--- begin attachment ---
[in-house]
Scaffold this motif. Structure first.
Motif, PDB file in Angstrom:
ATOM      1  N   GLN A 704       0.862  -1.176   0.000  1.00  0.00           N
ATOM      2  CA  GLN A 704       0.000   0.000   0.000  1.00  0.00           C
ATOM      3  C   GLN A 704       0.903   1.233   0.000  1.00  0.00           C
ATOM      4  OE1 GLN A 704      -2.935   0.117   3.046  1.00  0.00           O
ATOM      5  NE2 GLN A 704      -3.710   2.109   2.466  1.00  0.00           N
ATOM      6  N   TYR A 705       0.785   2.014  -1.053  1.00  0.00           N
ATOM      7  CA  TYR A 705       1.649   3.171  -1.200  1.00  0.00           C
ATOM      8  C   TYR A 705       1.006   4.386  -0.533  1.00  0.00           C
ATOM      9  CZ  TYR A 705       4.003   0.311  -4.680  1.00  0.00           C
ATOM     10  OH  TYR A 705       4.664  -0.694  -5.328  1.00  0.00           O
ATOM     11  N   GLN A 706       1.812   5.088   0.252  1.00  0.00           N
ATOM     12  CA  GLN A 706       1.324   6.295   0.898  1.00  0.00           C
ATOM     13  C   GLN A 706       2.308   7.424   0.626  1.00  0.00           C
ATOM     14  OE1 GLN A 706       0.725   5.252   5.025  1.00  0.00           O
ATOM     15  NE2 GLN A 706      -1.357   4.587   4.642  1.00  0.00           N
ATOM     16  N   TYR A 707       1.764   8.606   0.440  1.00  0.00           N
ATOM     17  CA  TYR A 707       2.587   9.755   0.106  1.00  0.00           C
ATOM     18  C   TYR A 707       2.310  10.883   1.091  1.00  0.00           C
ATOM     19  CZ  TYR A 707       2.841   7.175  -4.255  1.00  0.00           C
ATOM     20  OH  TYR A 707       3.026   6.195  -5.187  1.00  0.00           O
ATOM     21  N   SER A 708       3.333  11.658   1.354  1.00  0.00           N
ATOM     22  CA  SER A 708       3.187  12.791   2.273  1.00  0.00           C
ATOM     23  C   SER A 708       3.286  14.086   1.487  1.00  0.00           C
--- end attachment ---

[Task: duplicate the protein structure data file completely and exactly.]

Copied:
[in-house]
Scaffold this motif. Structure first.
Motif, PDB file in Angstrom:
ATOM      1  N   GLN A 704       0.862  -1.176   0.000  1.00  0.00           N
ATOM      2  CA  GLN A 704       0.000   0.000   0.000  1.00  0.00           C
ATOM      3  C   GLN A 704       0.903   1.233   0.000  1.00  0.00           C
ATOM      4  OE1 GLN A 704      -2.935   0.117   3.046  1.00  0.00           O
ATOM      5  NE2 GLN A 704      -3.710   2.109   2.466  1.00  0.00           N
ATOM      6  N   TYR A 705       0.785   2.014  -1.053  1.00  0.00           N
ATOM      7  CA  TYR A 705       1.649   3.171  -1.200  1.00  0.00           C
ATOM      8  C   TYR A 705       1.006   4.386  -0.533  1.00  0.00           C
ATOM      9  CZ  TYR A 705       4.003   0.311  -4.680  1.00  0.00           C
ATOM     10  OH  TYR A 705       4.664  -0.694  -5.328  1.00  0.00           O
ATOM     11  N   GLN A 706       1.812   5.088   0.252  1.00  0.00           N
ATOM     12  CA  GLN A 706       1.324   6.295   0.898  1.00  0.00           C
ATOM     13  C   GLN A 706       2.308   7.424   0.626  1.00  0.00           C
ATOM     14  OE1 GLN A 706       0.725   5.252   5.025  1.00  0.00           O
ATOM     15  NE2 GLN A 706      -1.357   4.587   4.642  1.00  0.00           N
ATOM     16  N   TYR A 707       1.764   8.606   0.440  1.00  0.00           N
ATOM     17  CA  TYR A 707       2.587   9.755   0.106  1.00  0.00           C
ATOM     18  C   TYR A 707       2.310  10.883   1.091  1.00  0.00           C
ATOM     19  CZ  TYR A 707       2.841   7.175  -4.255  1.00  0.00           C
ATOM     20  OH  TYR A 707       3.026   6.195  -5.187  1.00  0.00           O
ATOM     21  N   SER A 708       3.333  11.658   1.354  1.00  0.00           N
ATOM     22  CA  SER A 708       3.187  12.791   2.273  1.00  0.00           C
ATOM     23  C   SER A 708       3.286  14.086   1.487  1.00  0.00           C